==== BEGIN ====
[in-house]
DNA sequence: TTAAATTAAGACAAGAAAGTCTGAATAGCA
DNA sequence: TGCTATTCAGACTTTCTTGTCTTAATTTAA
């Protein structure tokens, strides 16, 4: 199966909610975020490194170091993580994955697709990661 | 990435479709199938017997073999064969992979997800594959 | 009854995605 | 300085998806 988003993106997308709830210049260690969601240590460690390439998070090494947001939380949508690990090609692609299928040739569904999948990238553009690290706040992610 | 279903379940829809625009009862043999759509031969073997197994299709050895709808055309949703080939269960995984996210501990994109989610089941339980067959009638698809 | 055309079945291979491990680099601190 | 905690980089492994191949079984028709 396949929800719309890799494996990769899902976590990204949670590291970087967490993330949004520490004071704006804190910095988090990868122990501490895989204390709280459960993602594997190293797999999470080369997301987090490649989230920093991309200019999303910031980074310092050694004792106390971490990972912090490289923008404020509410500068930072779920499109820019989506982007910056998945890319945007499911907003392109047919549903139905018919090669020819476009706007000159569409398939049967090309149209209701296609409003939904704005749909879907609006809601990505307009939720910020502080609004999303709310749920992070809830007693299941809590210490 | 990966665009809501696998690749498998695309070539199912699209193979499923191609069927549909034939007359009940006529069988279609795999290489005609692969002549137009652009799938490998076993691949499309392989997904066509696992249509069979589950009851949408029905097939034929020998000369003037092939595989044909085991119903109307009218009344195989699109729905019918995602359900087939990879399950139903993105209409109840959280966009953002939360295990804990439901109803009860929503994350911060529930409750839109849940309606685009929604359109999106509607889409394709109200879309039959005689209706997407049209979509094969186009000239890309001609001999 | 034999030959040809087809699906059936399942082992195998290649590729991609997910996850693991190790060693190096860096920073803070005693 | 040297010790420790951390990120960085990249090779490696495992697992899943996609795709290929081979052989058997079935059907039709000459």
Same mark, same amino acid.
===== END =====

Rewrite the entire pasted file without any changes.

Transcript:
[in-house]
DNA sequence: TTAAATTAAGACAAGAAAGTCTGAATAGCA
DNA sequence: TGCTATTCAGACTTTCTTGTCTTAATTTAA
């Protein structure tokens, strides 16, 4: 199966909610975020490194170091993580994955697709990661 | 990435479709199938017997073999064969992979997800594959 | 009854995605 | 300085998806 988003993106997308709830210049260690969601240590460690390439998070090494947001939380949508690990090609692609299928040739569904999948990238553009690290706040992610 | 279903379940829809625009009862043999759509031969073997197994299709050895709808055309949703080939269960995984996210501990994109989610089941339980067959009638698809 | 055309079945291979491990680099601190 | 905690980089492994191949079984028709 396949929800719309890799494996990769899902976590990204949670590291970087967490993330949004520490004071704006804190910095988090990868122990501490895989204390709280459960993602594997190293797999999470080369997301987090490649989230920093991309200019999303910031980074310092050694004792106390971490990972912090490289923008404020509410500068930072779920499109820019989506982007910056998945890319945007499911907003392109047919549903139905018919090669020819476009706007000159569409398939049967090309149209209701296609409003939904704005749909879907609006809601990505307009939720910020502080609004999303709310749920992070809830007693299941809590210490 | 990966665009809501696998690749498998695309070539199912699209193979499923191609069927549909034939007359009940006529069988279609795999290489005609692969002549137009652009799938490998076993691949499309392989997904066509696992249509069979589950009851949408029905097939034929020998000369003037092939595989044909085991119903109307009218009344195989699109729905019918995602359900087939990879399950139903993105209409109840959280966009953002939360295990804990439901109803009860929503994350911060529930409750839109849940309606685009929604359109999106509607889409394709109200879309039959005689209706997407049209979509094969186009000239890309001609001999 | 034999030959040809087809699906059936399942082992195998290649590729991609997910996850693991190790060693190096860096920073803070005693 | 040297010790420790951390990120960085990249090779490696495992697992899943996609795709290929081979052989058997079935059907039709000459």
Same mark, same amino acid.